Strut your stuff – the Australian Wearable Art Festival is back in all its avant-garde trashion glory
Have you ever looked at a floral arrangement or a solitary piece of rubbish floating in the breeze and thought, “Wow, that would make a stunning outfit”? Perhaps you are just captivated by all things fashion, from the humble little black dress to the Met Gala’s over-the-top extravagance. Either way, if you feel divinely inspired at the thought of throwing together a creative ensemble and crave the opportunity to sit front row at a catwalk, get excited because the Australian Wearable Art Festival is coming to the Sunshine Coast on May 21.
Returning from a two-year hiatus, the Australian Wearable Art Festival is back and ready to entertain, inspire and captivate audiences with some seriously jaw-dropping fashion. After a sold-out show back in 2019, the curiously creative costume designers, sewers and sculptors have had plenty of time to fine-tune their pieces ready for the grand unveiling at the shows on the Sunshine Coast.
We should warn you, though, this isn’t your average catwalk. The designers have swapped fabric for repurposed coffee pods and denim for fresh flowers to curate fashion worthy of being framed. The artists hail from a wide range of backgrounds and have congregated around the fusion of sculptural art and haute couture. Nothing is off limits, so keep your eyes peeled for unique ways to fashion bottle tops, native flowers and even fruit and vegetable packaging into your next outfit.
Hosted at Venue 114 in Bokarina, a festive courtyard fit with a 25-metre-long catwalk will come alive with more than 40 national and international creatives. Artists are coming from Karnup in Western Australia to Kureelpa in Queensland, and acclaimed designers are even making the journey over from Argentina, the United States, Singapore, and New Zealand. While each designer will likely be inspired by the unique elements of their own country and lived experiences, the artwork will be crafted to suit one of the four competition categories: Avant-Garde, Trashion, Sustainability and Floriana. While we have no idea what to expect, we will be severely disappointed if there isn’t a dolled-up bin-chicken-inspired entry to the Trashion category.
This curiously colourful evening will be hosted by Damian Anthony Rossi, otherwise known as ‘Mr Hollywood in Oz’. His larger-than-life personality will play the perfect role in giving these grandiose designers and models the introduction they deserve. There will also be three judges tasked with the tricky job of picking a winner for each category. Thankfully they boast plenty of experience, with Sydney-based Peter Dwyer renowned for his wearable art, Mildred Eilwood recognised for her fashions on the field prowess and Sunshine Coast haute couture specialist Judy Copely rounding out the trio of eagle-eyed fashion fanatics.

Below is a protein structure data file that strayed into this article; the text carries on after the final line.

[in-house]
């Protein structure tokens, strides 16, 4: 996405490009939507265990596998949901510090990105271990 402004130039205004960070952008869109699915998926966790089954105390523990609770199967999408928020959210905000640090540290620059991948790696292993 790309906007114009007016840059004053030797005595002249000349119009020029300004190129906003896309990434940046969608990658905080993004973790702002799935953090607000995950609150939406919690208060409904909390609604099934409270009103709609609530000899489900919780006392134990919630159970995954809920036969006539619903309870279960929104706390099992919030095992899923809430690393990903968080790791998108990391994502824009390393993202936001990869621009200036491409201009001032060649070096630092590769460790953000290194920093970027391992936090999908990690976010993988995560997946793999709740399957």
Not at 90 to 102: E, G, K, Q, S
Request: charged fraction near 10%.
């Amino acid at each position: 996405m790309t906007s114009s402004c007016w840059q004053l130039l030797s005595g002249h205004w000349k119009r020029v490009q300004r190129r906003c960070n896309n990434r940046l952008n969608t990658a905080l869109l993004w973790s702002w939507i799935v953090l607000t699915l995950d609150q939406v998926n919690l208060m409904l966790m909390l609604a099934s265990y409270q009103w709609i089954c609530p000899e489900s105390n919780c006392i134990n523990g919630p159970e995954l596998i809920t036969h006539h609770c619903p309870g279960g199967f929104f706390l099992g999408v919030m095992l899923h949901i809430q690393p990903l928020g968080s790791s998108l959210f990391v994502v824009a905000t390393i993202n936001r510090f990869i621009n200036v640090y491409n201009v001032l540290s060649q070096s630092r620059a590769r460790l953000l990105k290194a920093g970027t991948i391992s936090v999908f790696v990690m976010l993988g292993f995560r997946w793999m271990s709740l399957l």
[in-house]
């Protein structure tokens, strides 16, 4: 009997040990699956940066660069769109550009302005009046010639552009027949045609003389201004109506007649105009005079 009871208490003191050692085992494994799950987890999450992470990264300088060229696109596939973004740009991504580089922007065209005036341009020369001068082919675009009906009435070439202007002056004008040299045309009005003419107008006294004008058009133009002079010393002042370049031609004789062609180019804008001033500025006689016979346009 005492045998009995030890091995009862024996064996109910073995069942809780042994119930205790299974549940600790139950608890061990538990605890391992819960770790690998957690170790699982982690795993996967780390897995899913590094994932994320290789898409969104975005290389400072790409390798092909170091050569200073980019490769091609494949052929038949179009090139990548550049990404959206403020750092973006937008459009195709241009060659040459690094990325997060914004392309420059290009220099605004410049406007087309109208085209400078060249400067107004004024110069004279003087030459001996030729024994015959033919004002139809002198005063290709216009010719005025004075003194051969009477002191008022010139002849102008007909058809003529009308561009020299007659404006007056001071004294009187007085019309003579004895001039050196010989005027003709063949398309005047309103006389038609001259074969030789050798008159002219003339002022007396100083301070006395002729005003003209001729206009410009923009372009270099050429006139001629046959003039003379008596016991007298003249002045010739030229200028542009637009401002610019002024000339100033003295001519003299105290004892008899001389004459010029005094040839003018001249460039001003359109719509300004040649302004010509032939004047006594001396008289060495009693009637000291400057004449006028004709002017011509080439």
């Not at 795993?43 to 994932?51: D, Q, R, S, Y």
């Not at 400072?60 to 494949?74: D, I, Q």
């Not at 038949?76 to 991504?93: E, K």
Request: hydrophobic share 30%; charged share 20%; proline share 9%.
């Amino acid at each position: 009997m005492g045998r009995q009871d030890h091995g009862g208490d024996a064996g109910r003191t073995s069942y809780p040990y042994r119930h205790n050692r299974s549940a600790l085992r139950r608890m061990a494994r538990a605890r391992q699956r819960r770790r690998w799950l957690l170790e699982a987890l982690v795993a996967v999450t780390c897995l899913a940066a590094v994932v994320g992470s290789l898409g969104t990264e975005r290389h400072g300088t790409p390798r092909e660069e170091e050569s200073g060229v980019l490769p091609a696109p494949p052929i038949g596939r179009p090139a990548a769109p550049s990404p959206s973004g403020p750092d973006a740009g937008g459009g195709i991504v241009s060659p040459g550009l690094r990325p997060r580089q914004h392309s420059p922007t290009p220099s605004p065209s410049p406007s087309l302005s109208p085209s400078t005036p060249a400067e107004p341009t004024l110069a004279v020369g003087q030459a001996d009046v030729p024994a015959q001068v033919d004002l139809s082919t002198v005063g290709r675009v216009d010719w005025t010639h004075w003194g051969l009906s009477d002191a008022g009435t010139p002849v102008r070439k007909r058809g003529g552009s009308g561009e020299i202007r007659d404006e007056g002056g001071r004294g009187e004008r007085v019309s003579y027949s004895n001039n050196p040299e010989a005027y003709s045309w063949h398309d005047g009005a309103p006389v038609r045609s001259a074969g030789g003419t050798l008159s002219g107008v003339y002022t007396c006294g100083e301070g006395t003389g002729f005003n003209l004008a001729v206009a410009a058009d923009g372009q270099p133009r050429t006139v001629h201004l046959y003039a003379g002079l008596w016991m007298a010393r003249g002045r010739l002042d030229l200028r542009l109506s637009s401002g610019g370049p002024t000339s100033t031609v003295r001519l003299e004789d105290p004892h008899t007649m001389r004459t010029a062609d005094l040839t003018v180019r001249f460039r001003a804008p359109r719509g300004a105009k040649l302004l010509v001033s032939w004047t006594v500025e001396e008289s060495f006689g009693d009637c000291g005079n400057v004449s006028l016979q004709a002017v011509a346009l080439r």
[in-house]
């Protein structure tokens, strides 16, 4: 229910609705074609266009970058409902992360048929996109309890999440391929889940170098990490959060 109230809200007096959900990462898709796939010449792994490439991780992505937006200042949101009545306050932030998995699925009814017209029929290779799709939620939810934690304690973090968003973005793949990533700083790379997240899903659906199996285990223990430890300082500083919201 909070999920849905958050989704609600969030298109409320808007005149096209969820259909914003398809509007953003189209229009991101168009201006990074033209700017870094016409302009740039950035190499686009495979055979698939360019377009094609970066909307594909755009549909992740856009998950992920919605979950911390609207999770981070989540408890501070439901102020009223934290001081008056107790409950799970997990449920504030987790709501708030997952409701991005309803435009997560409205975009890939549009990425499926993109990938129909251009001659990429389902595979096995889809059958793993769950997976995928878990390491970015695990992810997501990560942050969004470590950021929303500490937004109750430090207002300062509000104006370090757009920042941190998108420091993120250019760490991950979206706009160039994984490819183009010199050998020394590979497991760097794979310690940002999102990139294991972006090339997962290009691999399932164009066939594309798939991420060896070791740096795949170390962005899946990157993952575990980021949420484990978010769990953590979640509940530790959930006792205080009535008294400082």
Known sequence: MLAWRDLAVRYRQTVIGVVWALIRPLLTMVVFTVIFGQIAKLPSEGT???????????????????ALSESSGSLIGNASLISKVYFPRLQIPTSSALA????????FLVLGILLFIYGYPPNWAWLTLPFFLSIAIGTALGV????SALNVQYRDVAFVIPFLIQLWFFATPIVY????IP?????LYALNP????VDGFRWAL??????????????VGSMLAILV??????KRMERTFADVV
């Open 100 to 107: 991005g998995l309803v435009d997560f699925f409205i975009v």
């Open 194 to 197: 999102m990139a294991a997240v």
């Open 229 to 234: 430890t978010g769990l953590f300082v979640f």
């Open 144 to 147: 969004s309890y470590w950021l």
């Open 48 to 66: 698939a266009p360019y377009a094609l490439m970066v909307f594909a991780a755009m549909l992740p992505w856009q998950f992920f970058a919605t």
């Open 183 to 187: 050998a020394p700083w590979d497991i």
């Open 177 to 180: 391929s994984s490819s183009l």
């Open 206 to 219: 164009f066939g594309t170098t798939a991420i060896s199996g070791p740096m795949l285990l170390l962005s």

If you’re ready to dip your toes into wearable art and get up close and personal with the artists and their masterpieces, we recommend getting your hands on a ticket as soon as possible. Due to the massive demand in 2019, the Australian Wearable Art Festival is putting on two catwalk sessions – a matinee at 1:00 pm and a gala show at 6:00 pm, where the winners will also be announced. We recommend making an event out of it by frocking up in your inspired attire, sipping on a drink or two from the pop-up bar and nibbling on a delectable delight from one of the food trucks. Tickets start at $50 for the matinee and $75 for the gala, with options to upgrade to VIP seating if you’re keen to feel like a proper celeb sitting next to the catwalk.
The Australian arts industry has taken a serious hit over the past few years. With this in mind, it has never been more important to rally behind events like this to help fuel creativity, art, music and design in our communities. And hey, if supporting the arts means sipping bubbles while watching models strut in some exquisite wearable art, how could you possibly say no?
This article was created in partnership with our friends at Visit Sunshine Coast.